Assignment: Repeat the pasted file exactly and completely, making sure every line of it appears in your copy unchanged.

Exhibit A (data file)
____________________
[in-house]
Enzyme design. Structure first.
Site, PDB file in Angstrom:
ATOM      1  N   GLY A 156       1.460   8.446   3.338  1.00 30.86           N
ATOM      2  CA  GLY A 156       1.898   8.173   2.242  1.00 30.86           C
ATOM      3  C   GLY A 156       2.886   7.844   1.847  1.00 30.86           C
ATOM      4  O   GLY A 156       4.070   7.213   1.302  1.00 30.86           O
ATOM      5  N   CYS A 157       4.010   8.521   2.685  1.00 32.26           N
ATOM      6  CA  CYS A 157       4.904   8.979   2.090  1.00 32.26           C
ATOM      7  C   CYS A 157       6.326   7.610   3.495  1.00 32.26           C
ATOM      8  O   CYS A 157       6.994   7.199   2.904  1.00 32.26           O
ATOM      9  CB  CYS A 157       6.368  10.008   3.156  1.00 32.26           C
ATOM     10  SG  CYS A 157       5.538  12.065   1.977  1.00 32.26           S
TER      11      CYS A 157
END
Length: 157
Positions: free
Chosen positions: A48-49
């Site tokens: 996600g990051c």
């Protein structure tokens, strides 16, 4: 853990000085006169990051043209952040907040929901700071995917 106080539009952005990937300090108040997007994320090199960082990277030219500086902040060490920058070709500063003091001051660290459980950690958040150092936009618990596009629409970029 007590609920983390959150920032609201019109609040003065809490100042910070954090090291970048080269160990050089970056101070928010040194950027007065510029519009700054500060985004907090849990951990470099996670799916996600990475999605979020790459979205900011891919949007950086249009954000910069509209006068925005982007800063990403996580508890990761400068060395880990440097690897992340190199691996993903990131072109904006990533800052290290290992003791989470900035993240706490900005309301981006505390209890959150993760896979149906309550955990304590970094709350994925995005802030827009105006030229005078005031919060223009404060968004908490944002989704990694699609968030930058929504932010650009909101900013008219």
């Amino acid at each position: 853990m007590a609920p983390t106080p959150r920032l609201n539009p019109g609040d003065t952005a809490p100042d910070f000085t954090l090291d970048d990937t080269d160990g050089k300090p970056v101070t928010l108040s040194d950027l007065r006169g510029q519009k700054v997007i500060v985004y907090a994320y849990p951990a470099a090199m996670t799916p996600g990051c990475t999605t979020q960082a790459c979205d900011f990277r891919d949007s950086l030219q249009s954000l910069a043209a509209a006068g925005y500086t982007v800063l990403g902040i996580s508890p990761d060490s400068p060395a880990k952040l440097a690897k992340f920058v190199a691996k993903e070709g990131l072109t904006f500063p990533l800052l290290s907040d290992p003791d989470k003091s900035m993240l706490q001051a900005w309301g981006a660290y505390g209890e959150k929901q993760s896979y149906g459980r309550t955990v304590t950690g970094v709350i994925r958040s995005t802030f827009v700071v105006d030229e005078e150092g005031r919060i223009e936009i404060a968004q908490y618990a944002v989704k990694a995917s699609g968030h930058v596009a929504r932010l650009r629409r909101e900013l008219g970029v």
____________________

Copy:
[in-house]
Enzyme design. Structure first.
Site, PDB file in Angstrom:
ATOM      1  N   GLY A 156       1.460   8.446   3.338  1.00 30.86           N
ATOM      2  CA  GLY A 156       1.898   8.173   2.242  1.00 30.86           C
ATOM      3  C   GLY A 156       2.886   7.844   1.847  1.00 30.86           C
ATOM      4  O   GLY A 156       4.070   7.213   1.302  1.00 30.86           O
ATOM      5  N   CYS A 157       4.010   8.521   2.685  1.00 32.26           N
ATOM      6  CA  CYS A 157       4.904   8.979   2.090  1.00 32.26           C
ATOM      7  C   CYS A 157       6.326   7.610   3.495  1.00 32.26           C
ATOM      8  O   CYS A 157       6.994   7.199   2.904  1.00 32.26           O
ATOM      9  CB  CYS A 157       6.368  10.008   3.156  1.00 32.26           C
ATOM     10  SG  CYS A 157       5.538  12.065   1.977  1.00 32.26           S
TER      11      CYS A 157
END
Length: 157
Positions: free
Chosen positions: A48-49
């Site tokens: 996600g990051c």
């Protein structure tokens, strides 16, 4: 853990000085006169990051043209952040907040929901700071995917 106080539009952005990937300090108040997007994320090199960082990277030219500086902040060490920058070709500063003091001051660290459980950690958040150092936009618990596009629409970029 007590609920983390959150920032609201019109609040003065809490100042910070954090090291970048080269160990050089970056101070928010040194950027007065510029519009700054500060985004907090849990951990470099996670799916996600990475999605979020790459979205900011891919949007950086249009954000910069509209006068925005982007800063990403996580508890990761400068060395880990440097690897992340190199691996993903990131072109904006990533800052290290290992003791989470900035993240706490900005309301981006505390209890959150993760896979149906309550955990304590970094709350994925995005802030827009105006030229005078005031919060223009404060968004908490944002989704990694699609968030930058929504932010650009909101900013008219």
């Amino acid at each position: 853990m007590a609920p983390t106080p959150r920032l609201n539009p019109g609040d003065t952005a809490p100042d910070f000085t954090l090291d970048d990937t080269d160990g050089k300090p970056v101070t928010l108040s040194d950027l007065r006169g510029q519009k700054v997007i500060v985004y907090a994320y849990p951990a470099a090199m996670t799916p996600g990051c990475t999605t979020q960082a790459c979205d900011f990277r891919d949007s950086l030219q249009s954000l910069a043209a509209a006068g925005y500086t982007v800063l990403g902040i996580s508890p990761d060490s400068p060395a880990k952040l440097a690897k992340f920058v190199a691996k993903e070709g990131l072109t904006f500063p990533l800052l290290s907040d290992p003791d989470k003091s900035m993240l706490q001051a900005w309301g981006a660290y505390g209890e959150k929901q993760s896979y149906g459980r309550t955990v304590t950690g970094v709350i994925r958040s995005t802030f827009v700071v105006d030229e005078e150092g005031r919060i223009e936009i404060a968004q908490y618990a944002v989704k990694a995917s699609g968030h930058v596009a929504r932010l650009r629409r909101e900013l008219g970029v």